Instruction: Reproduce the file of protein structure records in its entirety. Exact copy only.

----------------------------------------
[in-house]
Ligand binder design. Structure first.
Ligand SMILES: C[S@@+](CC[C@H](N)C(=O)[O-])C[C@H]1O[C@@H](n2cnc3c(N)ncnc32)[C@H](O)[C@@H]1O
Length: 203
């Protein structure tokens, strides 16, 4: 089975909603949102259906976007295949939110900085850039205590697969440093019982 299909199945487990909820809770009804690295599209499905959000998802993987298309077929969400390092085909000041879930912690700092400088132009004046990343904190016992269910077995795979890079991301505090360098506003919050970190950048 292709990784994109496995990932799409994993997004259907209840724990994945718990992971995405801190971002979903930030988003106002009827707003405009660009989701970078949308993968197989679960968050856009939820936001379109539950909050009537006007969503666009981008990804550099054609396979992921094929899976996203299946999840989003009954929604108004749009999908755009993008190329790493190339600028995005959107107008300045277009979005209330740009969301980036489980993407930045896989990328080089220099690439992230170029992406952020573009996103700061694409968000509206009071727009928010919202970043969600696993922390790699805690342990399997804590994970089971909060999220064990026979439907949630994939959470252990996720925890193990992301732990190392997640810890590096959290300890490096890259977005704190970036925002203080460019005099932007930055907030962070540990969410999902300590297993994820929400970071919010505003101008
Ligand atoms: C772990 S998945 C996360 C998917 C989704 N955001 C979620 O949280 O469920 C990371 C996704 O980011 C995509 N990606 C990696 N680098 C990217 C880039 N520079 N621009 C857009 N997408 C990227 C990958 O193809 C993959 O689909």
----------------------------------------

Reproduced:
[in-house]
Ligand binder design. Structure first.
Ligand SMILES: C[S@@+](CC[C@H](N)C(=O)[O-])C[C@H]1O[C@@H](n2cnc3c(N)ncnc32)[C@H](O)[C@@H]1O
Length: 203
């Protein structure tokens, strides 16, 4: 089975909603949102259906976007295949939110900085850039205590697969440093019982 299909199945487990909820809770009804690295599209499905959000998802993987298309077929969400390092085909000041879930912690700092400088132009004046990343904190016992269910077995795979890079991301505090360098506003919050970190950048 292709990784994109496995990932799409994993997004259907209840724990994945718990992971995405801190971002979903930030988003106002009827707003405009660009989701970078949308993968197989679960968050856009939820936001379109539950909050009537006007969503666009981008990804550099054609396979992921094929899976996203299946999840989003009954929604108004749009999908755009993008190329790493190339600028995005959107107008300045277009979005209330740009969301980036489980993407930045896989990328080089220099690439992230170029992406952020573009996103700061694409968000509206009071727009928010919202970043969600696993922390790699805690342990399997804590994970089971909060999220064990026979439907949630994939959470252990996720925890193990992301732990190392997640810890590096959290300890490096890259977005704190970036925002203080460019005099932007930055907030962070540990969410999902300590297993994820929400970071919010505003101008
Ligand atoms: C772990 S998945 C996360 C998917 C989704 N955001 C979620 O949280 O469920 C990371 C996704 O980011 C995509 N990606 C990696 N680098 C990217 C880039 N520079 N621009 C857009 N997408 C990227 C990958 O193809 C993959 O689909």